Best Practices for a Successful eCTD Submission

Best Practices for a Successful eCTD Submission

The eCTD struggle is real.

Regulatory submissions must conform to the electronic common technical document (eCTD) format to be successfully received and reviewed by health authorities. And while this might seem simple, this complex technical process is actually rife with risk if you lack expertise in medical writing and regulatory publishing.

In this blog post, I’ll discuss common pitfalls sponsors encounter in the drug submission process and some best practices for addressing them.

A brief history of the eCTD

The concept of the eCTD was developed by the International Conference for Harmonization (ICH) Multidisciplinary Group 2 Expert Working Group. This working group is an international organization that develops international standards (ISOs).

Their idea was that the CTD (eventually eCTD) could be implemented by every health authority globally to streamline regulatory review of new drugs, and potentially all regulated products. The eCTD contains 5 modules:

  1. Administrative information and prescribing information
  2. Common technical document summaries
  3. Quality
  4. Nonclinical study reports
  5. Clinical study reports

Modules 2-5 are the common modules of the eCTD. The idea was that once a Sponsor developed the content for modules two through five, they could reuse it for submissions wherever eCTD is accepted: the US, Canada, the European Union, etc.

A cautionary tale

Recently, I met with a prospect to discuss how we could help them prepare a submission. This organization’s drug candidate is in phase three trials and has received significant venture capital investment. The staff consisted of experienced scientists from academia. So, their experience was really in disease research, and they didn’t spend a lot of time focusing on eCTD.

For them, getting documents into an eCTD format using templates was a challenge. Their staff was writing reports without following the eCTD format. And they also weren’t collecting the data from studies to conform to eCTD requirements.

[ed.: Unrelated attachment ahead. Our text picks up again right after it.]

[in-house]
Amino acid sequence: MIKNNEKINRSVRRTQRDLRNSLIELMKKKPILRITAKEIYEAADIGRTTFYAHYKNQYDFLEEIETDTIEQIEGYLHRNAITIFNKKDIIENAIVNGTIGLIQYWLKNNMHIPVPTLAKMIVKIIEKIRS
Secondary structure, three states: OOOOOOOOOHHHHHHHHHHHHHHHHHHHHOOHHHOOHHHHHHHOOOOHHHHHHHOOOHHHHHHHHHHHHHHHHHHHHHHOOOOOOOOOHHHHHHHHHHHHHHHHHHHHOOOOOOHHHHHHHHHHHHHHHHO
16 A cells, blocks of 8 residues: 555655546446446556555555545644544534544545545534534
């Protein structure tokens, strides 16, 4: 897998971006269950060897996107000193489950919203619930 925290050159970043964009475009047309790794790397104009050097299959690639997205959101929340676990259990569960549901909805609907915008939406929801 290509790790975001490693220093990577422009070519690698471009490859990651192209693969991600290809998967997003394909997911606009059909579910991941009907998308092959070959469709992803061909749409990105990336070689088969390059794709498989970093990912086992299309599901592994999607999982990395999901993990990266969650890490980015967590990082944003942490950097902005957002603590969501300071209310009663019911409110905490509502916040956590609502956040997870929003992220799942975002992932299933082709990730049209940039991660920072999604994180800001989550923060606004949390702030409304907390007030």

By not having their submission conform to eCTD standards, this sponsor could risk a delay in submission which would lead to a delay in approval. This obviously puts pressure on financing the business, treating patients, and maximizing patent length. Also, receiving a “refusal to file” (RTF) from the FDA adds to the time and cost of developing a drug by delaying its review. The submission has failed, sometimes within just minutes of arriving at the agency.

RTFs: How they happen and how to mitigate your risk

Here are two common regulatory pitfalls that can invoke an RTF.

  • The submission fails based on technical When the FDA receives a submission, they run it through a Global Submit Validate tool. If the submission has serious validation errors (High Errors), they will reject it immediately. For example, the folder structures, files, or XMLs don’t meet the validation criteria.
  • The submission fails based on content For example, you didn’t include case report forms. Or the data is not in CDISC format. Or you forgot to include an integrated safety summary report, which summarizes all the safety information in the submission.